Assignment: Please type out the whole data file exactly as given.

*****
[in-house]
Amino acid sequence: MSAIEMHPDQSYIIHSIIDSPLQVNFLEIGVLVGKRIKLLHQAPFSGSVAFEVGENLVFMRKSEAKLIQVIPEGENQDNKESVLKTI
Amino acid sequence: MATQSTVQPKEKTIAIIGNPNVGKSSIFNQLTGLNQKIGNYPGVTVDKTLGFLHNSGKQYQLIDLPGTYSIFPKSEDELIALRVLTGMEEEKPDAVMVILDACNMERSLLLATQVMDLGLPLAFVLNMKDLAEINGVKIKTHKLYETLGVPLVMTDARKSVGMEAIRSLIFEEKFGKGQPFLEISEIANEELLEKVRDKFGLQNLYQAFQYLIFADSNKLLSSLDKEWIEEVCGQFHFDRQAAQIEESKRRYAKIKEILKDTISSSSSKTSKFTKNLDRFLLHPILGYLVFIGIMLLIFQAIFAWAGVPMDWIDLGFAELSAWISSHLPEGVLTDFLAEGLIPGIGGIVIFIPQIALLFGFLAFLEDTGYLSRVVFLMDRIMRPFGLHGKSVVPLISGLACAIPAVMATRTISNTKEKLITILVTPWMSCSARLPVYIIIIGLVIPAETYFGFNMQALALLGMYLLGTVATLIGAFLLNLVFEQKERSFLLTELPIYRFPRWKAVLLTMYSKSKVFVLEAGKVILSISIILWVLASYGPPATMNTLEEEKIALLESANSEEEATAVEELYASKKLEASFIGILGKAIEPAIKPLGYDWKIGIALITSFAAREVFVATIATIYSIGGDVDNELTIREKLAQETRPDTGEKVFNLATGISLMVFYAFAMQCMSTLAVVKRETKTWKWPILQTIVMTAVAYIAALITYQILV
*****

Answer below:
[in-house]
Amino acid sequence: MSAIEMHPDQSYIIHSIIDSPLQVNFLEIGVLVGKRIKLLHQAPFSGSVAFEVGENLVFMRKSEAKLIQVIPEGENQDNKESVLKTI
Amino acid sequence: MATQSTVQPKEKTIAIIGNPNVGKSSIFNQLTGLNQKIGNYPGVTVDKTLGFLHNSGKQYQLIDLPGTYSIFPKSEDELIALRVLTGMEEEKPDAVMVILDACNMERSLLLATQVMDLGLPLAFVLNMKDLAEINGVKIKTHKLYETLGVPLVMTDARKSVGMEAIRSLIFEEKFGKGQPFLEISEIANEELLEKVRDKFGLQNLYQAFQYLIFADSNKLLSSLDKEWIEEVCGQFHFDRQAAQIEESKRRYAKIKEILKDTISSSSSKTSKFTKNLDRFLLHPILGYLVFIGIMLLIFQAIFAWAGVPMDWIDLGFAELSAWISSHLPEGVLTDFLAEGLIPGIGGIVIFIPQIALLFGFLAFLEDTGYLSRVVFLMDRIMRPFGLHGKSVVPLISGLACAIPAVMATRTISNTKEKLITILVTPWMSCSARLPVYIIIIGLVIPAETYFGFNMQALALLGMYLLGTVATLIGAFLLNLVFEQKERSFLLTELPIYRFPRWKAVLLTMYSKSKVFVLEAGKVILSISIILWVLASYGPPATMNTLEEEKIALLESANSEEEATAVEELYASKKLEASFIGILGKAIEPAIKPLGYDWKIGIALITSFAAREVFVATIATIYSIGGDVDNELTIREKLAQETRPDTGEKVFNLATGISLMVFYAFAMQCMSTLAVVKRETKTWKWPILQTIVMTAVAYIAALITYQILV